Industry insider explains why so many consumer marketing campaigns remain highly inefficient.
It seems like everywhere you turn, there is an immense amount of conversation and pressure to drop your current dealer marketing strategy and throw all your eggs into a new basket, such as direct marketing, social, or mobile.
These “wave-of-the-future” strategies have promise, and there is even some decent ROI associated with each. But what about finding a better way to do what you’re currently doing in terms of customer marketing?
Some habits are hard to break in the automotive industry. And to be honest, some don’t have to be broken, especially if you can simply find a better way. This is exactly what’s happening with dealers and the way in which they market to their customers. The marketing works, but the method is failing us.
The problem isn’t necessarily at the tactical level. Direct mail still works. Equity marketing remains highly effective. DMS information is ripe with accuracy. The biggest problem is the way in which all these components come together. The process is disjointed. It’s frustrating and inefficient. Worst of all, it could be costing you millions of wasted dollars.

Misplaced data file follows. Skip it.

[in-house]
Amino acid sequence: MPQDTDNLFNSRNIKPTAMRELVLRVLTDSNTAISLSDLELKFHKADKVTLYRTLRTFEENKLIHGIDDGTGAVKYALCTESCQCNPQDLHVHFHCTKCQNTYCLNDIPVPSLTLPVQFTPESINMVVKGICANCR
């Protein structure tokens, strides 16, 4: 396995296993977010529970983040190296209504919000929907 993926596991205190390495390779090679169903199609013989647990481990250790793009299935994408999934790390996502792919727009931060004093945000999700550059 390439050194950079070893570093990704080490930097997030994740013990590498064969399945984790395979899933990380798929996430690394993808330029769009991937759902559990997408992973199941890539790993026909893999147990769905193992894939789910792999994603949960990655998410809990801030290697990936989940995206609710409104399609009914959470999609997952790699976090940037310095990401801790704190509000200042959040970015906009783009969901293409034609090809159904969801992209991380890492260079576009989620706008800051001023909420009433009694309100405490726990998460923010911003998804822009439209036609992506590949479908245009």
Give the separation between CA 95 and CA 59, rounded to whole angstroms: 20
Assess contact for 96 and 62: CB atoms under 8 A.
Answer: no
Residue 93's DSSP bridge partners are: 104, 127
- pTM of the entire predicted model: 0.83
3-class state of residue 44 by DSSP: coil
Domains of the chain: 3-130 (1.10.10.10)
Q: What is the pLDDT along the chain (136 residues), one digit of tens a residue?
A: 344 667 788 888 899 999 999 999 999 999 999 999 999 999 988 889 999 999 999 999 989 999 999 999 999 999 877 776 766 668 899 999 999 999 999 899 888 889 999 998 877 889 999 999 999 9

It’s important for dealers and their marketing partners to reevaluate the way in which customer marketing campaigns are developed and managed, and many of the reasons are financial. Dealer profits are shrinking, mainly due to shrinking margins on the sale of new and used vehicles. According to Henderson, Hutcherson and McCullough (HHM)’s recent auto dealer economic outlook, the gross profit margin for dealers fell from 13.5% down to 13.3%. The report also stated that the average new vehicle gross profit fell from $1,204 to $1,193. Gross margins also declined from 3.81% to 3.68%.
Furthermore, according to research firm Statista, the average-size dealership (selling between 150 and 399 cars annually) spends approximately $616 on advertising per each new car sold. This number goes up as dealer size shrinks. The firm points out that dealerships selling fewer than 150 cars a year are faced with a per-vehicle advertising spend of $862. This figure can be lowered simply by consolidating the different touchpoints involved in the development of campaigns.
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